From mobile phones to home computers to office workstations and industrial systems, technology is quickly evolving. This has brought endless possibilities for everyone to excel, including hackers.
To protect your devices from digital harm, you need to understand what’s at stake and how attacks happen. Here are a few details covering cybersecurity threats for home, business, industrial, and government technology.
Cybersecurity is a wide range of high-tech fixes and low-tech mistakes. The tech world knows enough to avoid a lot of common problems, but it doesn’t matter if you’re not a part of the tech world.
First, understand that nothing is unhackable. There are many excellent ways to patch up a system and protect it from sophisticated attacks that would make non-technicians gasp in amazement (or fall asleep during the explanation), but it can all be undone.
Defending Against Phishing
Phishing is one of the more successful, low-tech ways to circumvent any technology. The concept is simple; instead of learning some complicated code to break into a robust security system, trick someone into letting you in.
The most common forms of phishing involve sending fake files/attachments on emails and relying on someone to open the email. It still happens, and training is needed to reduce email/attachment phishing incidents.
It’s not a young versus old issue; there’s a lot of psychology that could be discussed, but members of younger generations still have people who are inexperienced or merely uncaring when it comes to technology.
Some people don’t know or care about the risks until something terrible happens. Antivirus systems and security scans can defend against some problems, but a better company security culture does a better job.
Bad Browsing Habits
Along with opening risky files in emails, how freely do people in your household or business use the internet? While home users may need freedom to browse as they please, companies need to put careful thought into their internet use policies.
The problem is decades old: many professions need the internet for research, resources, or other parts of the job. You can’t restrict every bad website individually because new sites appear daily, and basic firewalls may block needed resources.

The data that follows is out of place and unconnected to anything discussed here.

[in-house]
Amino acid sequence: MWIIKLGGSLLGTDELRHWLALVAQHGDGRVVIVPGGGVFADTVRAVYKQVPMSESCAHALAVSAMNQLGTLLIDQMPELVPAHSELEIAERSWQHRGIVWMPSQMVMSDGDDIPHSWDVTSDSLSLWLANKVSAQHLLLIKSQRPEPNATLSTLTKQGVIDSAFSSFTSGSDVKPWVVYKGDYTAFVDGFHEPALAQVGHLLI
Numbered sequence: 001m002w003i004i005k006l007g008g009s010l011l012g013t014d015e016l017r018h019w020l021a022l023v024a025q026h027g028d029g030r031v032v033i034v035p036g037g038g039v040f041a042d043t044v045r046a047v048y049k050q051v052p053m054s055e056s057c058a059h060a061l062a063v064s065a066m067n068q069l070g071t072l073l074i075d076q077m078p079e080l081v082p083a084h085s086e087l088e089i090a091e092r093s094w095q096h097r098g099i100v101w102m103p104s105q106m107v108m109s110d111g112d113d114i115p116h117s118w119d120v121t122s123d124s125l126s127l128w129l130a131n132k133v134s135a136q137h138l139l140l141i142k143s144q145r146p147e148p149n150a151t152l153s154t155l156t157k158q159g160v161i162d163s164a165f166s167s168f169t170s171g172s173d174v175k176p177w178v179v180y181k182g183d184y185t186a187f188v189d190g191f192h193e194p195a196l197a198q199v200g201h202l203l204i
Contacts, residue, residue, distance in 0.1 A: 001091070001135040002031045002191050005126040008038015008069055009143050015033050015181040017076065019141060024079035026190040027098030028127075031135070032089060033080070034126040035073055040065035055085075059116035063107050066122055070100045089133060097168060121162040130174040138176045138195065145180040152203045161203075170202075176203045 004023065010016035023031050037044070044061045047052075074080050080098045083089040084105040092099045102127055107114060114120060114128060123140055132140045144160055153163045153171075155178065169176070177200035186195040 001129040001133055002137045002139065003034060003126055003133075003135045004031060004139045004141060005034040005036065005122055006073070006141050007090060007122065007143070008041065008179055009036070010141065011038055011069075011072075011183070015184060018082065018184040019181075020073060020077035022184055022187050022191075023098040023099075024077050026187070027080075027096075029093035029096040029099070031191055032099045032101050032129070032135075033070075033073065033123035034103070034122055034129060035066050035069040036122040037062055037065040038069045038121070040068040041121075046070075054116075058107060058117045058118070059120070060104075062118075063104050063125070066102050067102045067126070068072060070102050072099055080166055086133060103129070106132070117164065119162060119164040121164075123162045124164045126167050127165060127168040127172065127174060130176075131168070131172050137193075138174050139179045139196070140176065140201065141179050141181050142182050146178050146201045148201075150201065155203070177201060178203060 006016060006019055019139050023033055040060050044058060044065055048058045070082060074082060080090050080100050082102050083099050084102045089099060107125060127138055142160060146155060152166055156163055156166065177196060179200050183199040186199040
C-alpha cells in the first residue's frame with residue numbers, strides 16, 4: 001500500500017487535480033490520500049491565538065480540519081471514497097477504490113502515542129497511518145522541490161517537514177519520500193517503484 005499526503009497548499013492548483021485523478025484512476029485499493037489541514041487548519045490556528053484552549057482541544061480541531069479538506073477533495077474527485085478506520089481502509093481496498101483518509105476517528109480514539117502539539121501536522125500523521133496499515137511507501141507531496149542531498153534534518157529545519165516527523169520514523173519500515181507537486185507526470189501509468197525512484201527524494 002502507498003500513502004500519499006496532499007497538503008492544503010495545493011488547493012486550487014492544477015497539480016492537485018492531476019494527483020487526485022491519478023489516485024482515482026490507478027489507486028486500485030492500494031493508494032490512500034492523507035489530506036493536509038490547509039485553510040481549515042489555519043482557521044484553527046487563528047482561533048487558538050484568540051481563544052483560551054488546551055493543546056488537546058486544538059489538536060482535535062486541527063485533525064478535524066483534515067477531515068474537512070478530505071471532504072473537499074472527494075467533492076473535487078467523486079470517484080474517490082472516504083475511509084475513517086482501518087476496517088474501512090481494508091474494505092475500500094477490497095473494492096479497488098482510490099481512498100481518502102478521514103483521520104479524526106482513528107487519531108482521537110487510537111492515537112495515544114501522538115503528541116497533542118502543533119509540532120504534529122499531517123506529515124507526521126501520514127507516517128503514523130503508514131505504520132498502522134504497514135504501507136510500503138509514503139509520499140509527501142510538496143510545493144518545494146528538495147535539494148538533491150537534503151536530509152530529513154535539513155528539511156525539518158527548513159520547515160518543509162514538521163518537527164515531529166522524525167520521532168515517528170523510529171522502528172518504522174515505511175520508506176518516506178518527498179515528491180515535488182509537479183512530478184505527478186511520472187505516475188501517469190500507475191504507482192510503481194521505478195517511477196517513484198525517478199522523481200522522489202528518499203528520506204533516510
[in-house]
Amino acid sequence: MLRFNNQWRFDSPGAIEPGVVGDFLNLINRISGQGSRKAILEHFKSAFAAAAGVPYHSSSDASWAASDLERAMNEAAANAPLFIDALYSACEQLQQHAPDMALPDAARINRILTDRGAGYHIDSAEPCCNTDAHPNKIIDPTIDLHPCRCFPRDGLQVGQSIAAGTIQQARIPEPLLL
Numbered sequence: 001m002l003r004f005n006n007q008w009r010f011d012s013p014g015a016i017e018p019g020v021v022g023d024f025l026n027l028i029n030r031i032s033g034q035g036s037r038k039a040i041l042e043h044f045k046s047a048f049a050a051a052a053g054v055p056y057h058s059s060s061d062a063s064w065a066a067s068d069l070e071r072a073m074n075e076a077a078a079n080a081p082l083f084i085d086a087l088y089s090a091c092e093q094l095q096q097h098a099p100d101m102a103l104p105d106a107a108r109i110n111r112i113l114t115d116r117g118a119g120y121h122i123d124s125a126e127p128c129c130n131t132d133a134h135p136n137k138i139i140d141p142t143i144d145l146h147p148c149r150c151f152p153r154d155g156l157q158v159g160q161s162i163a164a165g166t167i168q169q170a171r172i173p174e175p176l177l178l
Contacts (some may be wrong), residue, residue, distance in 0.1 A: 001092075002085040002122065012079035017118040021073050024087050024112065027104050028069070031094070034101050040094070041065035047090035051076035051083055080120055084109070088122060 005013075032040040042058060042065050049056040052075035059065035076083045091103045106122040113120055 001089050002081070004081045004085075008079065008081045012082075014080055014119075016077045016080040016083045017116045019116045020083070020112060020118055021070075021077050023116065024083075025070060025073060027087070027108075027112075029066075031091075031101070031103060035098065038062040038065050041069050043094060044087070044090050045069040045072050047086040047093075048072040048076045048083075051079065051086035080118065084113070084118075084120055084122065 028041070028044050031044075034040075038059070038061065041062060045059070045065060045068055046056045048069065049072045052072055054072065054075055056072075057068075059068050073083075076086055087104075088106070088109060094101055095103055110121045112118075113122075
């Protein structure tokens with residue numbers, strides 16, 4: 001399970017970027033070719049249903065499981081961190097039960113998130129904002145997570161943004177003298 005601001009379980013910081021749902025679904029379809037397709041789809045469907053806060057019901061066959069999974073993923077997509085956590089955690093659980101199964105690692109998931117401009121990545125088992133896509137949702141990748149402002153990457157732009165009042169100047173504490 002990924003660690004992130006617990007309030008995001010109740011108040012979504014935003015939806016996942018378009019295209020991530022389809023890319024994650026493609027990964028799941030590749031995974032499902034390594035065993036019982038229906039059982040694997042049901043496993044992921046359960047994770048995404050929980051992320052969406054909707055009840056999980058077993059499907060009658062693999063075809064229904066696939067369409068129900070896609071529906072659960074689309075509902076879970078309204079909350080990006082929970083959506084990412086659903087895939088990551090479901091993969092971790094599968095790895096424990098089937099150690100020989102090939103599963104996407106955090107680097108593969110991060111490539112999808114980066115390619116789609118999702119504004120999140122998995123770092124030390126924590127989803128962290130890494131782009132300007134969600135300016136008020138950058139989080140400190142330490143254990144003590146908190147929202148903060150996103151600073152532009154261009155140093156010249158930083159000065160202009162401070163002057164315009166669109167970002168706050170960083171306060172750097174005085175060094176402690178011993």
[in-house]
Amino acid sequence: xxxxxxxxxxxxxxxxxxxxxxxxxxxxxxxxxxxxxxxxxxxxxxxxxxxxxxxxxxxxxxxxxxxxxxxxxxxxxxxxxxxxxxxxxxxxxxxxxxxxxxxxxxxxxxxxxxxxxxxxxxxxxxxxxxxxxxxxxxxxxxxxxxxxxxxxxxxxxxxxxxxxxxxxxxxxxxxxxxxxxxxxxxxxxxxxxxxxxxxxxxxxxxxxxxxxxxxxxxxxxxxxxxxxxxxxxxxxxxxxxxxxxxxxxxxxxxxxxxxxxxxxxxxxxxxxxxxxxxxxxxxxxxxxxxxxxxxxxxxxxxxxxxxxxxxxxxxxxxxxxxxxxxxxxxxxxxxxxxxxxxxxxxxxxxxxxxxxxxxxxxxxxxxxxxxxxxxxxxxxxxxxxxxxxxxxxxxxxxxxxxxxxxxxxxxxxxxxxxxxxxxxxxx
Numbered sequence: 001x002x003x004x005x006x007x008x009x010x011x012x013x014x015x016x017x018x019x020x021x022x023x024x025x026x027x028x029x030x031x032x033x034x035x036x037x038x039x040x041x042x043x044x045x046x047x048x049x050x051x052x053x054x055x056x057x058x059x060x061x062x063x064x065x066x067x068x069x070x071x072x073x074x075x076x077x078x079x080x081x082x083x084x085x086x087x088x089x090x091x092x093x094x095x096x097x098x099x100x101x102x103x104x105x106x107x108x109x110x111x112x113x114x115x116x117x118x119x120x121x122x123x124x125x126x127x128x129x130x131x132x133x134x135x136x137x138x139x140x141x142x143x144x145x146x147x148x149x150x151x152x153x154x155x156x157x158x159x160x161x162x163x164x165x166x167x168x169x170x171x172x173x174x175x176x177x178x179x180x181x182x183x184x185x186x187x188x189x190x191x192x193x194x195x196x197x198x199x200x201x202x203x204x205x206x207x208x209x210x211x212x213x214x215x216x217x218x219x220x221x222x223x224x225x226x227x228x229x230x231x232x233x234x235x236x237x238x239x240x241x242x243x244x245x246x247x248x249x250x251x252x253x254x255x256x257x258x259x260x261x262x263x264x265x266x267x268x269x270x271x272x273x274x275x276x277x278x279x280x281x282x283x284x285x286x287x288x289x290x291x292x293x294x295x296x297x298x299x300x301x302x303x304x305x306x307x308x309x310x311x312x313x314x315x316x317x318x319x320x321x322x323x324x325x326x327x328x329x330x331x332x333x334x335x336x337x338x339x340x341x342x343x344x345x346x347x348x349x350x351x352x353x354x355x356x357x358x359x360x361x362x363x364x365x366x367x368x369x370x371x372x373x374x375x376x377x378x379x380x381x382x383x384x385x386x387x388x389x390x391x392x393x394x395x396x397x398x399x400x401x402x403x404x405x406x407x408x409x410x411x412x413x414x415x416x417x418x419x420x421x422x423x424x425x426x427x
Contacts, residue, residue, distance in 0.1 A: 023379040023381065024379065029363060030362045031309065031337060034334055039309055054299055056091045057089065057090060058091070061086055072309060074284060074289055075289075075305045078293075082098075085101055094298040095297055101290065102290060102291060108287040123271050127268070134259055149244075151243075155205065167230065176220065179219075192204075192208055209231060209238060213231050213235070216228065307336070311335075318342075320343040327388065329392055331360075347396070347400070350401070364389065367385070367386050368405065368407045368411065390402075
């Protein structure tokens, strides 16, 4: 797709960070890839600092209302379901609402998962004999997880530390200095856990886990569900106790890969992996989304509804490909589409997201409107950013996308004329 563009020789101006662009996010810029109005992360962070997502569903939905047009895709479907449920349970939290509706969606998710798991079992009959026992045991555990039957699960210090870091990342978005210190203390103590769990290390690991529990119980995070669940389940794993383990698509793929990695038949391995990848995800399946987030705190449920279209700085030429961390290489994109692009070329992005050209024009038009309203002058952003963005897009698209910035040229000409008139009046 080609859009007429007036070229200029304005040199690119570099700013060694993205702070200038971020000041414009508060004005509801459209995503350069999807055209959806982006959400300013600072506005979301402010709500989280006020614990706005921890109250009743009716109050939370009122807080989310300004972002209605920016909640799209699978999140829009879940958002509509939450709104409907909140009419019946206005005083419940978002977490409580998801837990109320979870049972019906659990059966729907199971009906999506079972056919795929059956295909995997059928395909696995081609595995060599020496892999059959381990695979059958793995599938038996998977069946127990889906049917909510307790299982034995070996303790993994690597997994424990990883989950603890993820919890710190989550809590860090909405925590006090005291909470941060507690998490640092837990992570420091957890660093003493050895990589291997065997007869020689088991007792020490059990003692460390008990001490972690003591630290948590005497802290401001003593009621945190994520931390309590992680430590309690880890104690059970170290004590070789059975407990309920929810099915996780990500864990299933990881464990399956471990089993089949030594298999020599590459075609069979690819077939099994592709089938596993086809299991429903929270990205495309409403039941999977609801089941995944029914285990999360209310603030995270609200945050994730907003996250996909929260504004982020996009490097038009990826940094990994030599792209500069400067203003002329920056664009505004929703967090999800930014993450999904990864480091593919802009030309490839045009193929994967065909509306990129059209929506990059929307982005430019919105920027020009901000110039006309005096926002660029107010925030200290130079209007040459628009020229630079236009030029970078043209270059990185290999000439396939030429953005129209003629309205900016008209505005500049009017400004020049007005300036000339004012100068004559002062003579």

The key is nuance. Firewalls and web filters only work as well as they’re designed, so having a team that can advise and edit your security policies will help unlock blocked resources while keeping the bad areas at bay.
Piracy? Not in the Office!
Don’t avoid the topic. Some people pirate games, videos, music, and software. This isn’t condoning anything, but ignorance about the subject is a weakness.
For most businesses, it’s best to simply keep piracy out of the workplace. There’s no reason to use illegal filesharing services in a workplace setting because many sites and services have malware traps that could lock down the entire business.
Any files procured through any manner should be scanned for threats and installed correctly. If you need help with keeping a legitimate business and keeping a clean network, a risk and compliance professional can help.
Physical Security Policies
Some businesses allow personally-owned computers, storage drives, discs, and mobile devices to connect to business devices and networks.
That’s not necessarily a bad thing, but it’s another possible path for attacks. Attack vectors—places where systems can be attacked—get bigger with every device.
Your business needs a documented policy about bringing external devices to the work network. Devices need to be scanned, period. While there are privacy concerns, tech compliance may be a bigger headache than arguing with an employee about their laptop.
Taking Control of Wireless Systems
Wireless connectivity creates a massive set of attack vectors, but it’s necessary in many businesses.
While physical ports can be physically closed off and you can potentially see or track an intruder who sits at a computer, wireless signals can be hacked or accessed from long-distance, hidden areas.
The technology behind Wi-Fi, CDMA, GSM, BlueTooth, infrared, and many other wireless methods require easy access to a receiver. The security happens after the receiver.
This means you need reliable security after the receiver—at the endpoint—and clear distance limits so that you know how close an intruder needs to hide or place their devices.
How to Protect Against Attacks
For most of these risks, you can train employees on proper technology behaviors. But training isn’t a secure enough measure to protect against attacks. As best practice, you should install security software.
There are different types of protection programs, from antivirus to ransomware protection to endpoint security software. While the first two are self-explanatory, endpoint security software is more complicated.
What is endpoint security? For starters, an endpoint is any end-user device connected to a network. It doesn’t have to be a computer; hackers could connect to a smart security camera, smart speaker, a network-connected printer, or any Internet of Things (IoT) device.
Endpoint security is protection for those devices. The difference between this and antivirus or ransomware is endpoint security programs protect against all types of threats, not one specific branch.
Especially with IoT use and IoT compromises growing, you need to be aggressive with endpoint security. Contact a cybersecurity and system protection expert today to discuss better security for your tech needs.